HC Deb 22 March 1833 vol 16 cc970-3
Mr. John Stanley

presented a Petition from the Master Manufacturers of Stockport, praying that further evidence might be taken before the Factories' Bill was passed, in order that they might have an opportunity of clearing their character of the imputations cast upon them in the ex-parte evidence brought forward by Mr. Sadler, and admitted by him to be intended only to establish his views. He concurred in the prayer of the petition, but could not concur in some of its statements. The Bill brought in some years ago by Sir John Hobhouse had not had a fair trial, for it was confined in its operation to a very small portion of the factories of this country. It had not been tried at all in the woollen, the silk, or the hemp factories, so that how far it would protect the children employed was not known. He considered that the petitioners had made out such a case as entitled them to have an inquiry either by a Committee or a Commission. If he thought that the object of the petitioners was to stave off the introduction of a measure that was so necessary as the Bill for regulating factories, he would not lend himself to it; but in his opinion it would have quite the contrary effect.

Lord Molyneux

had been requested to support the petition, which he did with much pleasure. He had the honour of representing one of the largest manufacturing districts; and from his own knowledge he could state, that the electors had been much wronged in the statements that had gone forth to the world on a previous occasion.

Mr. Cutlar Fergusson

said, that his opinion upon this subject was not founded upon any notion of the tyranny of the manufacturers, but on the facts stated by the manufacturers themselves; one of which was, that the children were worked twelve and more hours a-day. He would take the evidence of the medical men, who were of opinion that not even adults could with safety to their health be worked for that period. Unless the manufacturers could alter that fact, he should feel justified in voting for the Bill.

Mr. Phillip Howard

said, that the manufacturers in that part of the country with which he was connected (Carlisle) wished for the most rigid inquiry into the subject, feeling that a stigma had been cast upon them which had been highly injurious. They had been held up to the reproach of the whole nation, and they naturally felt a desire to clear that reproach away. The cotton manufacturers alone had been hitherto protected by the Legislature; but the same protection should extend to the persons engaged in other branches of manufacture. He was by no means opposed to the principle of the Bill; for he thought, without pre-supposing cruelty on the part of the manufacturers, that twelve or fourteen hours a day for children's labour were by far too much.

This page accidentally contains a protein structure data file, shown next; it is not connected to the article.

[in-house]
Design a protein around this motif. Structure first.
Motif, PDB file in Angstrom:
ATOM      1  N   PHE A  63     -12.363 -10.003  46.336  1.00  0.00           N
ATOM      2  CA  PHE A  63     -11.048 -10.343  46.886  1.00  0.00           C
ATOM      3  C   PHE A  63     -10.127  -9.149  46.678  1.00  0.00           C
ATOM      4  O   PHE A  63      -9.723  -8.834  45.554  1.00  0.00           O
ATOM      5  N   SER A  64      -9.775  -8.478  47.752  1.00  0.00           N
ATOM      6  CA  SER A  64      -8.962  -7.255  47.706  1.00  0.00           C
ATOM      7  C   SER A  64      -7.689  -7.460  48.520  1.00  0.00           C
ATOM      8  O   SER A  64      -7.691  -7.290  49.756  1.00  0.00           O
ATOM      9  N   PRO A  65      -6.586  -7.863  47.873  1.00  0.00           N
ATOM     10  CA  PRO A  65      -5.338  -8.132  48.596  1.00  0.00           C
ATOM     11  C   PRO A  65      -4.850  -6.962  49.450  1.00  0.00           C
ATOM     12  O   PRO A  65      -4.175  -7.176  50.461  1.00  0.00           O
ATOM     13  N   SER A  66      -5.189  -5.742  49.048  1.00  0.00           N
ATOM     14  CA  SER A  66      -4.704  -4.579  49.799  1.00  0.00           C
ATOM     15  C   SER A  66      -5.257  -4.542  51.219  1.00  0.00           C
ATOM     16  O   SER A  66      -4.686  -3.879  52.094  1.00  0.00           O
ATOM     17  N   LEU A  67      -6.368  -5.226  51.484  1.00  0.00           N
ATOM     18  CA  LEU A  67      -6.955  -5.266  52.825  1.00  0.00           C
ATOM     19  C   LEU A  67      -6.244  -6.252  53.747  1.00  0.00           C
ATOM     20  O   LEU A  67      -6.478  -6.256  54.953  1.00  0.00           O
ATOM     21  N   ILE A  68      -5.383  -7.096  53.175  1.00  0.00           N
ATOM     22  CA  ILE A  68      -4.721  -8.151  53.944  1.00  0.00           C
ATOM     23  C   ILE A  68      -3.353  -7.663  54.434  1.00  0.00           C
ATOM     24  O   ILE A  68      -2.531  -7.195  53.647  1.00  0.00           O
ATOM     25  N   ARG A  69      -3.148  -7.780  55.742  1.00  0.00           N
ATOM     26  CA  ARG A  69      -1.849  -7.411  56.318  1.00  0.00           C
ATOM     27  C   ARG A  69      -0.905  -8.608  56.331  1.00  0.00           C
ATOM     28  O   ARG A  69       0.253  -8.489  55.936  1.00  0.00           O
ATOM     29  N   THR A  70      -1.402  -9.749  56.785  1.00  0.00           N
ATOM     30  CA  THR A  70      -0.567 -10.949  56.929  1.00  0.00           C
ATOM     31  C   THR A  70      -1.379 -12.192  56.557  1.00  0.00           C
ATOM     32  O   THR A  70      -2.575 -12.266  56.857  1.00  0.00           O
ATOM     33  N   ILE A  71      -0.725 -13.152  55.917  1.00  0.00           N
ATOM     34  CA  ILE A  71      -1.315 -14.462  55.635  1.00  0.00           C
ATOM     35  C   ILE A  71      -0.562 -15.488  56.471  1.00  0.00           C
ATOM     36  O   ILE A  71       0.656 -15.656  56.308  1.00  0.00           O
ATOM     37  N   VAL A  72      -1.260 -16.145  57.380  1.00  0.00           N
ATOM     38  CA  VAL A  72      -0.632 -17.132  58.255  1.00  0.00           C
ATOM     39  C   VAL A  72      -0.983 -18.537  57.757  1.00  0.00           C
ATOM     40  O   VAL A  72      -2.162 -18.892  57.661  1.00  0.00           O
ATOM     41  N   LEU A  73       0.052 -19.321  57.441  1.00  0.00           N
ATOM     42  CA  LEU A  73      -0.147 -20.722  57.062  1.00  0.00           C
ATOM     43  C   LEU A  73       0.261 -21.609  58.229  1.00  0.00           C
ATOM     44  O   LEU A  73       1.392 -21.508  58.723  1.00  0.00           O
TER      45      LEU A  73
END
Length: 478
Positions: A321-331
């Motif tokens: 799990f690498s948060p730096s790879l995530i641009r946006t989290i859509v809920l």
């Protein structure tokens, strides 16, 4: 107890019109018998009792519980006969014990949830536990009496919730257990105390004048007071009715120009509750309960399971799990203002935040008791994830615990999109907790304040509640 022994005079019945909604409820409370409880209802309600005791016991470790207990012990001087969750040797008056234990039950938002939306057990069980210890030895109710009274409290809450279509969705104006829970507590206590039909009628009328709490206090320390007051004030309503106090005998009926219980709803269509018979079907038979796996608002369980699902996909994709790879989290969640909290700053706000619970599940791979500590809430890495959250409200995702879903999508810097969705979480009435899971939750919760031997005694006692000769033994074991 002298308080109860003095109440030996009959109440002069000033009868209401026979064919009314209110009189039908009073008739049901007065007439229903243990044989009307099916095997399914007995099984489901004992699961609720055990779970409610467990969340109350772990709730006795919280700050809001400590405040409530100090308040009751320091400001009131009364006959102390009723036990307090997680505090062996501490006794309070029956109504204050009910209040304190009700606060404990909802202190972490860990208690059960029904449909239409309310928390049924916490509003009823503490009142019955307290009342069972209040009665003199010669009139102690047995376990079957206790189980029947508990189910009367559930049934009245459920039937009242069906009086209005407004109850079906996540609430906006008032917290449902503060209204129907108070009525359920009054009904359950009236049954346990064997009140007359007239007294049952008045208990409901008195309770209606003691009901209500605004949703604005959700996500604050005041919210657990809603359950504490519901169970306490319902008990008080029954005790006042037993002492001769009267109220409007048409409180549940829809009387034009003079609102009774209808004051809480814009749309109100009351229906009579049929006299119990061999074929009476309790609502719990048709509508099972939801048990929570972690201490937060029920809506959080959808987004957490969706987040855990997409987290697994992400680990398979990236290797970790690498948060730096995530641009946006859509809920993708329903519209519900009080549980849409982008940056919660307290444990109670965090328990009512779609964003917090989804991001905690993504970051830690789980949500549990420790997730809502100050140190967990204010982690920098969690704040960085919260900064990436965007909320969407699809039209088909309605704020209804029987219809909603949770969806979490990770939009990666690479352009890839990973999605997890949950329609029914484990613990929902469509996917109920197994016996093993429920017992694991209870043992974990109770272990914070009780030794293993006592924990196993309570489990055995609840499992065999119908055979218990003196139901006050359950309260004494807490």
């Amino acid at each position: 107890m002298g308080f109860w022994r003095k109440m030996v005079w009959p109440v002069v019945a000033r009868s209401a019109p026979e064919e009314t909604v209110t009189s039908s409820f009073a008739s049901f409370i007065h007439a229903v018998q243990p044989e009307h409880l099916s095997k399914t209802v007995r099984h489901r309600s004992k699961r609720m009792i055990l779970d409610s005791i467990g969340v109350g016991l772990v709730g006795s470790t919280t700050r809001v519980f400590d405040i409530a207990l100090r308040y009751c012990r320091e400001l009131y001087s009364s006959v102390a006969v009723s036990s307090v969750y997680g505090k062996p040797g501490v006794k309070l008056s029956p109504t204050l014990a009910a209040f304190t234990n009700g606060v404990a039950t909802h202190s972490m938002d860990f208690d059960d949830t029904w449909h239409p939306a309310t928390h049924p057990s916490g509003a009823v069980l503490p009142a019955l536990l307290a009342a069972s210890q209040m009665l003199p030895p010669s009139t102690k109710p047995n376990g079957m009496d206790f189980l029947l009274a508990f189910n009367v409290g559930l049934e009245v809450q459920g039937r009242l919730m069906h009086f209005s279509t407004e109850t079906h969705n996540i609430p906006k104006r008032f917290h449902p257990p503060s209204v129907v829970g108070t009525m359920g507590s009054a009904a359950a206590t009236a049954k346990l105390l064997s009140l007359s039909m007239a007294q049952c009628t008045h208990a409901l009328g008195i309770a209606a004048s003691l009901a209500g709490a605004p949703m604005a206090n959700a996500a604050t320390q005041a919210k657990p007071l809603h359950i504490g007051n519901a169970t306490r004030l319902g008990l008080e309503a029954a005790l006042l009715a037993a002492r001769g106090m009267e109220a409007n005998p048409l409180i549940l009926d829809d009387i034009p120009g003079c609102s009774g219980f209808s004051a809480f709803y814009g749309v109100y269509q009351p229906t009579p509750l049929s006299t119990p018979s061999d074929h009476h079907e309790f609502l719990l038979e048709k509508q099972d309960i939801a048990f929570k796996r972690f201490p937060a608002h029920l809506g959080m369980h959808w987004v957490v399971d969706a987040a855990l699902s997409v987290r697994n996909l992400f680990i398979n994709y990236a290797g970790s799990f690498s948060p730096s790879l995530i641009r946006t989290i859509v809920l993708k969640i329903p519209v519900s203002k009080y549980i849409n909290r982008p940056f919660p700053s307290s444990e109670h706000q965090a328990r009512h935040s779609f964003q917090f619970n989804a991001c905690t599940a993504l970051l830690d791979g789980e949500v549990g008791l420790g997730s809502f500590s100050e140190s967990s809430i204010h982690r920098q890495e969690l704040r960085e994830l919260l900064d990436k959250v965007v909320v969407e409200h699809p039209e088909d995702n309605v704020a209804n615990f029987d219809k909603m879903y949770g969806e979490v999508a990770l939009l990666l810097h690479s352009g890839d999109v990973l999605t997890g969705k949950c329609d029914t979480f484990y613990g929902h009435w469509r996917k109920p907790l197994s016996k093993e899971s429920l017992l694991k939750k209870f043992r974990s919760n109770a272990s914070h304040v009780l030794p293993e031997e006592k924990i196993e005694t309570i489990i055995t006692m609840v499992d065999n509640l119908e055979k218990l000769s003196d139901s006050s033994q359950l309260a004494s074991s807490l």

Mr. Wilson Patten

put it to the House whether it would not have been far better that this discussion should have been postponed until the Motion came regularly before them. Many Members in the late Parliament had opposed even the appointment of a Committee, and no doubt the same reasons which then actuated them would induce them to oppose a Commission; but he thought that very few would be found to oppose the Bill.

Mr. Wilbraham

begged to state, that there was not in the House a more ardent friend to any Bill which went to throw the protecting arm of the law round those children than himself, but he entreated the House to look at the palpable injustice which would be done to the masters if the Bill were passed without inquiry, and without listening to the complaints of those who were to be affected by it. He would not go into the evidence given before the Committee, but he would just remind the House, that out of the number of witnesses examined, there were ten from Scotland, two only from the whole county of Chester, and from Leeds and its neighbourhood forty-nine.

Sir George Phillips

stated, that since this subject had been under discussion, he had obtained all the information upon it that he could. He must say, that he knew of factories which had existed under the present law for thirty or forty years; and from his own observation of those factories, he could state that there were no manufacturing or agricultural labourers in Lancashire, that were in a better situation than the people (male and female) who were employed in them.

Mr. Wilks

rose to order. No less than nine Gentlemen had addressed the House upon the presentation of this petition; and he felt quite certain, that if such a course were to be adopted, a stop would be put altogether to the presentation of petitions.

Sir George Phillips

had considered himself bound to say a few words, only one side of the question having been stated to the House. If the House did not wish that he should enter further into the subject, he would give way. An hon. Member had stated, that no evidence could be given that the manner in which children worked in factories was consistent with their health. Now, he would only refer that hon. Member to the factory of Mr. Feilden, where he would find evidence that the children engaged in that employment were in a high state of health and happiness.

Mr. Cobbett

regretted the absence of his hon. colleague. He had himself no experience in the matter, no knowledge of it, and no reasons to offer to the House; all that he acted upon was authority. His hon. colleague, he believed, worked up no less than a hundredth part of the cotton that was imported into England. He employed nearly 2,000 persons, was a firm supporter of the Bill of the noble Lord (Lord Ashley), and a most stern opponent of every species of oppression. He would add, that his hon. colleague was averse from issuing the Commission proposed by the hon. member for Lancashire.

Petition laid on the Table.